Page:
Describe the rhythms of Langston Hughes’ “Dream Boogie." Does each line have the same meter? Where does the meter change, and why?

Expert Answers
Susan Woodward eNotes educator| Certified Educator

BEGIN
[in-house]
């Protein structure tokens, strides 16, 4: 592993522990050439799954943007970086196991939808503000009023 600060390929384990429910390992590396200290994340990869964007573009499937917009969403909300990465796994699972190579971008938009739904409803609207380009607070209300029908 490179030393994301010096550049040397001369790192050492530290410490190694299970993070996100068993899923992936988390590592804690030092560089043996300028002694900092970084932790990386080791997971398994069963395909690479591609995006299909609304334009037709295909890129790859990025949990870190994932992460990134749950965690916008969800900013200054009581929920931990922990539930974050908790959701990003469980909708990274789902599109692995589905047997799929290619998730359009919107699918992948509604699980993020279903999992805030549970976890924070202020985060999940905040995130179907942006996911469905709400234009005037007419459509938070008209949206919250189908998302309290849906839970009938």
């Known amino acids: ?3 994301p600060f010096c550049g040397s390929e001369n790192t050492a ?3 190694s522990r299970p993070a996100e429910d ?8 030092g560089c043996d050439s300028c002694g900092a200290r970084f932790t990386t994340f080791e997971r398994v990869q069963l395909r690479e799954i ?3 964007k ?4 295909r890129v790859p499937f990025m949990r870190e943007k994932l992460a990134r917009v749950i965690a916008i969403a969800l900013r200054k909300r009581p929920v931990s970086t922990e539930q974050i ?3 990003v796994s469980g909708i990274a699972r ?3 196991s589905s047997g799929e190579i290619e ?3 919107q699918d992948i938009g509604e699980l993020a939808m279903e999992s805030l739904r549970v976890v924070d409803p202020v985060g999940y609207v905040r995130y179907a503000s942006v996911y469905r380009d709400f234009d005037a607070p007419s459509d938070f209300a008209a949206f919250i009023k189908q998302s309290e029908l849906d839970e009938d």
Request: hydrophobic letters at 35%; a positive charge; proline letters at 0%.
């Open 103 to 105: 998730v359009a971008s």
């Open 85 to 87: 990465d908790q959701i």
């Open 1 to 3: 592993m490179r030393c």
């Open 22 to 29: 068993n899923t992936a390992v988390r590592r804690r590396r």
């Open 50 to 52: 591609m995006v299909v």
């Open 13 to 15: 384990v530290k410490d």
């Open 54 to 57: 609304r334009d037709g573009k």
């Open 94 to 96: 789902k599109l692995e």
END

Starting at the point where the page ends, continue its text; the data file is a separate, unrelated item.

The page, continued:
This poem is written in dimeter, which means that there are two main beats per line.  As for the individual lines, though, the poetic feet change in order to accommodate the number of syllables in Hughes' chosen words.  A Poetic foot is a pattern of stressed and unstressed syllables, and there are many types of poetic feet.  The most common is the iamb, which is a two-syllabic foot comprised of an unstressed followed by a stressed syllable (like the word "deferred").  The other two-syllabic foot is a trochee, which is made up of a stressed syllable followed by an unstressed syllable (such as the name "David").  Hughes uses iambs for his two-syllable feet in this particular poem.  However, as part of his rhythm (which is syncopated... that's a musical term meaning that the rhythm is varied and comes unexpectedly, not in a repeated pattern), Hughes uses words and phrases that have more than two syllables, even though he maintains that there are only two STRESSED syllables in a line (that's where the DImeter comes from).  In music, perfect four/four timing has only four beats per measure, and the quarter note gets each beat.  It would be a boring song that is written stictly in quarter notes, so the song writer will use a vairety of notes to break the monotonous rhythm; however, in order to maintain the time signature (four/four), the song writer must make sure that the notes can fit into a measure mathematically.  It's similar with poetry.  If you think of the meter as the time signature, and the poetic feet as the variety of notes, you can see how Hughes' rhythm is created.   Read the poem aloud, and while you do so, snap your fingers in a rhythmic beat.  As you are reading, you will find that there are only two "snaps" per line, even though the number of syllable changes (that's where you use "two eighth notes" instead of one "quarter note" to put it in musical terms).